This Mars Reconnaissance Orbiter image shows a new impact crater in Elysium Planitia that formed between February 2012 and June 2014.
Credit: NASA/JPL-Caltech/University of Arizona
A NASA Mars probe has photographed an impact crater that was blasted out of the Red Planet in just the last few years.
The HiRISE camera aboard NASA’s Mars Reconnaissance Orbiter (MRO) captured the crater, which lies in the Red Planet’s equatorial Elysium Planitia region, on Dec. 2, 2014. Scientists say the impact that gouged out the hole must have occurred between February 2012 and June 2014, based on previous images of the area.
The crater is about 40 feet (12 meters) wide, said HiRISE team member Ingrid Daubar of NASA’s Jet Propulsion Laboratory in Pasadena, California.
“We’ve been finding new craters like this for a few years now, and from studying their frequency, we’ve come up with a cratering rate for Mars based on them,” Daubar told Space.com via email.
“For craters this size (12 m diameter), we expect about 30 of these are forming over all of Mars each year,” she added. “We only find a few of them, though, because we have to be looking in the right area. They’re not as easy to find over non-dusty areas where they don’t form these huge dark blast zones around the impact site.”
The new photo is the first one HiRISE — short for High Resolution Imaging Science Experiment — has taken of the crater. The feature was actually discovered by MRO’s Mars Context Camera, NASA officials said.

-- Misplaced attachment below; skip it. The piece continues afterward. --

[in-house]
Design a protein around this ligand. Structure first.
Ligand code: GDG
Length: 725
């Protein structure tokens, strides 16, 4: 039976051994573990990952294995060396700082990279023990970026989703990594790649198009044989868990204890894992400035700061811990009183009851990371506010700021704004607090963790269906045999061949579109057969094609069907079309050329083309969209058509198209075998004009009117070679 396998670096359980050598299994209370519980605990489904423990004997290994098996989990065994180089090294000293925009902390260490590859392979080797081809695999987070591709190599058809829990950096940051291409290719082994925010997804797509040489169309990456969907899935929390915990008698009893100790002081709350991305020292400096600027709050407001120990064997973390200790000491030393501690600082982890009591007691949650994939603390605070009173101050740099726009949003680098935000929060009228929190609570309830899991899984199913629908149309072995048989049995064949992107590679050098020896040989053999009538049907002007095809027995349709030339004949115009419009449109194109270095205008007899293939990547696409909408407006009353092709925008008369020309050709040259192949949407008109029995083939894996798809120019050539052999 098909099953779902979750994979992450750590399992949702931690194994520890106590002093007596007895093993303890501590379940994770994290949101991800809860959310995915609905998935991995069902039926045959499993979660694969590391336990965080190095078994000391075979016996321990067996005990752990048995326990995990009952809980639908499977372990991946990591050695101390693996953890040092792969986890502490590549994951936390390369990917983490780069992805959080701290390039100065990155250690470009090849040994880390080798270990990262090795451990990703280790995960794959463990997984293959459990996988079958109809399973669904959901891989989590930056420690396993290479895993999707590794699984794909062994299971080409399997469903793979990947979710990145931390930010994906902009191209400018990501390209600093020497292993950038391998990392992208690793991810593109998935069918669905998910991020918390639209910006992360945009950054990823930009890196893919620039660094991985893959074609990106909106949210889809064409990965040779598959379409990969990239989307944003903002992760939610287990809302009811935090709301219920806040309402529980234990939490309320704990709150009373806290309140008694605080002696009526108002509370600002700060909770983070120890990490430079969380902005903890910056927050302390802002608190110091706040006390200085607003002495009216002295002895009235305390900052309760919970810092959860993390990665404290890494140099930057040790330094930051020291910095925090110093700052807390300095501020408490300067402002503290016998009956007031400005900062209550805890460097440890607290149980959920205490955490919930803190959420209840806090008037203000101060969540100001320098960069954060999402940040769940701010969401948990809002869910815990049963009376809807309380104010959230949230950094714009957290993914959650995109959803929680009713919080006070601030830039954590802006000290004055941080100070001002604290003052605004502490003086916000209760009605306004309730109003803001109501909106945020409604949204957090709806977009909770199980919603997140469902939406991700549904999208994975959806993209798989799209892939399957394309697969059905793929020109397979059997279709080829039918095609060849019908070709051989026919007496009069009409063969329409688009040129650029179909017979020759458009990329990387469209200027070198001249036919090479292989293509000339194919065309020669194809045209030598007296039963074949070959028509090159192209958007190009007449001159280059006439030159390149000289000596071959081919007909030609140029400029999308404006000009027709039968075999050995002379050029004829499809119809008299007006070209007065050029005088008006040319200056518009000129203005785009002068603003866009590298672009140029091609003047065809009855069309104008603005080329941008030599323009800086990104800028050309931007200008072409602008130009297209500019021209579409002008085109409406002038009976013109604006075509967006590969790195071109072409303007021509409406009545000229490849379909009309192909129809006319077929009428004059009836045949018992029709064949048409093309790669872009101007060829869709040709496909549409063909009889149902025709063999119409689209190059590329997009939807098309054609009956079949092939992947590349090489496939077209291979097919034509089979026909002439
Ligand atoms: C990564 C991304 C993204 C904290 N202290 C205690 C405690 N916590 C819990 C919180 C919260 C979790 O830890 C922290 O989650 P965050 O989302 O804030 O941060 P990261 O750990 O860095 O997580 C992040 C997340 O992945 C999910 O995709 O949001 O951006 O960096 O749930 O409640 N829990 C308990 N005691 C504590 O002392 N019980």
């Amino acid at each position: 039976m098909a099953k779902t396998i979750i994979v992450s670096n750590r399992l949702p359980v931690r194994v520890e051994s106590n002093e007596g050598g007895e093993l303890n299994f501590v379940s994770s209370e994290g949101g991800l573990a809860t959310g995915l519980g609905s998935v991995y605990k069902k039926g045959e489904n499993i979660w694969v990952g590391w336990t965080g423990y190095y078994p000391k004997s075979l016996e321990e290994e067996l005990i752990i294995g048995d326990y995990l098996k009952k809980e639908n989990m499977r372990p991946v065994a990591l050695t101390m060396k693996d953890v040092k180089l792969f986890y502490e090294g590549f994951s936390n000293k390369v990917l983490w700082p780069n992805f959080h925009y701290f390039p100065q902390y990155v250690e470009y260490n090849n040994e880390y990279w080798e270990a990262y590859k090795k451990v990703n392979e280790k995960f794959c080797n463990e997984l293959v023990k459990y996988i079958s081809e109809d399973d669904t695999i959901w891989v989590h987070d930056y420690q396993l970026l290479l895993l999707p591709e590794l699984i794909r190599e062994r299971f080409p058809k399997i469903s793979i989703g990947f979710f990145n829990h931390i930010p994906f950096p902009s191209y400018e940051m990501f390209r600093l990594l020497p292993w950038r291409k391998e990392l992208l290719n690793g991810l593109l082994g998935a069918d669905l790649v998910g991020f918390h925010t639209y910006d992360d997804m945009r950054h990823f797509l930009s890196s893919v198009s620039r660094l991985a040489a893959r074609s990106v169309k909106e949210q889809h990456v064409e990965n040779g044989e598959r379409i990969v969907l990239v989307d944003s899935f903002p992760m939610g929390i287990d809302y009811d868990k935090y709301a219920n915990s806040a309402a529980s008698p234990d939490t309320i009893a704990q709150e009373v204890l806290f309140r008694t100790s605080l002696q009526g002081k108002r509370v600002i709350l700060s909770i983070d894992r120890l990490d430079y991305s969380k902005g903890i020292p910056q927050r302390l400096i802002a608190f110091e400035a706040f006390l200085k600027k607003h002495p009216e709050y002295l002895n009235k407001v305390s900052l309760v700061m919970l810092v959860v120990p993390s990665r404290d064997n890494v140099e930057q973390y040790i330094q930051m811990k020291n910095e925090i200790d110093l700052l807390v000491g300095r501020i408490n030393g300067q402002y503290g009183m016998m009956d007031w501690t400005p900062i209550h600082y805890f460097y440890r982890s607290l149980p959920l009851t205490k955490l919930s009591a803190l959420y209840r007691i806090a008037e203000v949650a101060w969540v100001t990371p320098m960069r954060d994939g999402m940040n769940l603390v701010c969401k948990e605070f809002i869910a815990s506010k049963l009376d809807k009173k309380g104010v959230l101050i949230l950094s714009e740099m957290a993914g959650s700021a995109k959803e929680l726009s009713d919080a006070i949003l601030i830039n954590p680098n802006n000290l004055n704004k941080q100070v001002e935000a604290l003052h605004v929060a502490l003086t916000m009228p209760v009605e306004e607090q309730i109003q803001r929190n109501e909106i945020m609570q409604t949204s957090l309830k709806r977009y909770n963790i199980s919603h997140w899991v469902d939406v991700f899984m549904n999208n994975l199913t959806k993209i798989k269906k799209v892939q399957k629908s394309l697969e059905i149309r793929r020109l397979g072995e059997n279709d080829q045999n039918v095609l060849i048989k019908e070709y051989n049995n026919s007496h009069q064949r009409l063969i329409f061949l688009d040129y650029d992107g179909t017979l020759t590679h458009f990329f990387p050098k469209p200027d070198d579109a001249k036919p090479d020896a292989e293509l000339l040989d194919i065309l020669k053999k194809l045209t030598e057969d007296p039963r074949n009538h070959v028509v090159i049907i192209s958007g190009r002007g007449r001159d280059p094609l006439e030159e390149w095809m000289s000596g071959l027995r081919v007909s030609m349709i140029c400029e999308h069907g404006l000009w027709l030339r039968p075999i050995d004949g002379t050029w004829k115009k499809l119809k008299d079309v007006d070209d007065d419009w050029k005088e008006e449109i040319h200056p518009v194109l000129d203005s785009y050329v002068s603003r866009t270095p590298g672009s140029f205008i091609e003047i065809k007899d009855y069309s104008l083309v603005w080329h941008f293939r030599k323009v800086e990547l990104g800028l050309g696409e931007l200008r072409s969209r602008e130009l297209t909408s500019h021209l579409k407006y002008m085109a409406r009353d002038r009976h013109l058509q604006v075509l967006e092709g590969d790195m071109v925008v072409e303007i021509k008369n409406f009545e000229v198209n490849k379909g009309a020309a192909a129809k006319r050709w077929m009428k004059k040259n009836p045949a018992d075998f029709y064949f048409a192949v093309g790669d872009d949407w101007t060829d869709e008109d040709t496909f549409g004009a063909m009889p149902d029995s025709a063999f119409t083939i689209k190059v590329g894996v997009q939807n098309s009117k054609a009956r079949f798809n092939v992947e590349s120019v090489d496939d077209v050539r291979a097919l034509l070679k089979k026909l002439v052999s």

The objects that create Martian craters such as this one strike the surface at very high speeds — an average of 22,000 mph (35,400 km/h) — and are almost always completely destroyed in the process, Daubar said.
Indeed, there is no sign of the impactor in the new HiRISE photo. The silvery crescent toward the right side of the crater is just the illuminated interior wall of the crater, Daubar said. (In the image, sunlight is coming from the lower left.)
The $720 million MRO mission launched in August 2005 and arrived in orbit around Mars in March 2006. The spacecraft has been studying the Red Planet ever since with six scientific instruments. MRO also serves as a vital communications link between Earth and NASA’s active Mars surface craft, the Opportunity and Curiosity rovers.
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